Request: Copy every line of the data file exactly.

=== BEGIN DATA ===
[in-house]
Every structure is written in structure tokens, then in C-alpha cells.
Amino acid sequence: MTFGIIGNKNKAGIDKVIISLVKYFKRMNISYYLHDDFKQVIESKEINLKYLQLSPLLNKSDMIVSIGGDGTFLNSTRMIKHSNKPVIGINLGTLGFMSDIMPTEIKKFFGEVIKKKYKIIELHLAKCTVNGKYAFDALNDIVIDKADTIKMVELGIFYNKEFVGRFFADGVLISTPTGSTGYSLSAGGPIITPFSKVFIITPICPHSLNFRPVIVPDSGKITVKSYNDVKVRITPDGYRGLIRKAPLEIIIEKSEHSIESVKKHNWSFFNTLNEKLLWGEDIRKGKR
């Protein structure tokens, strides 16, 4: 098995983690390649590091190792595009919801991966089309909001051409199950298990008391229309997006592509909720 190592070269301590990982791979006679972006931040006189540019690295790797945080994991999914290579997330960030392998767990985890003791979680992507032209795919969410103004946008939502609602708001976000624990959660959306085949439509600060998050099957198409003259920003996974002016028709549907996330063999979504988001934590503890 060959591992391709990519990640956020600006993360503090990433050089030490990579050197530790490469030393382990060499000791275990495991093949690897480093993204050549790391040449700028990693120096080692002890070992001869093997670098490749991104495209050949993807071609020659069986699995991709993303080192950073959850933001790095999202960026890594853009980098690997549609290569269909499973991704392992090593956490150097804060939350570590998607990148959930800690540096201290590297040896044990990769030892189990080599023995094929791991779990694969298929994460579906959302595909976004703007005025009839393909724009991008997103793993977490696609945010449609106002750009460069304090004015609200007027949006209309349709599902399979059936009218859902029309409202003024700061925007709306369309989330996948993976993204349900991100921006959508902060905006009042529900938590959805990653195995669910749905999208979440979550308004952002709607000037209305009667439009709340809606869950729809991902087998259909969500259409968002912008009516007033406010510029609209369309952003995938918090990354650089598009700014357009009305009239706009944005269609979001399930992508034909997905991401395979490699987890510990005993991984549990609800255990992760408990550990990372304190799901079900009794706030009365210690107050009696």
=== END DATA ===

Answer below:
[in-house]
Every structure is written in structure tokens, then in C-alpha cells.
Amino acid sequence: MTFGIIGNKNKAGIDKVIISLVKYFKRMNISYYLHDDFKQVIESKEINLKYLQLSPLLNKSDMIVSIGGDGTFLNSTRMIKHSNKPVIGINLGTLGFMSDIMPTEIKKFFGEVIKKKYKIIELHLAKCTVNGKYAFDALNDIVIDKADTIKMVELGIFYNKEFVGRFFADGVLISTPTGSTGYSLSAGGPIITPFSKVFIITPICPHSLNFRPVIVPDSGKITVKSYNDVKVRITPDGYRGLIRKAPLEIIIEKSEHSIESVKKHNWSFFNTLNEKLLWGEDIRKGKR
């Protein structure tokens, strides 16, 4: 098995983690390649590091190792595009919801991966089309909001051409199950298990008391229309997006592509909720 190592070269301590990982791979006679972006931040006189540019690295790797945080994991999914290579997330960030392998767990985890003791979680992507032209795919969410103004946008939502609602708001976000624990959660959306085949439509600060998050099957198409003259920003996974002016028709549907996330063999979504988001934590503890 060959591992391709990519990640956020600006993360503090990433050089030490990579050197530790490469030393382990060499000791275990495991093949690897480093993204050549790391040449700028990693120096080692002890070992001869093997670098490749991104495209050949993807071609020659069986699995991709993303080192950073959850933001790095999202960026890594853009980098690997549609290569269909499973991704392992090593956490150097804060939350570590998607990148959930800690540096201290590297040896044990990769030892189990080599023995094929791991779990694969298929994460579906959302595909976004703007005025009839393909724009991008997103793993977490696609945010449609106002750009460069304090004015609200007027949006209309349709599902399979059936009218859902029309409202003024700061925007709306369309989330996948993976993204349900991100921006959508902060905006009042529900938590959805990653195995669910749905999208979440979550308004952002709607000037209305009667439009709340809606869950729809991902087998259909969500259409968002912008009516007033406010510029609209369309952003995938918090990354650089598009700014357009009305009239706009944005269609979001399930992508034909997905991401395979490699987890510990005993991984549990609800255990992760408990550990990372304190799901079900009794706030009365210690107050009696």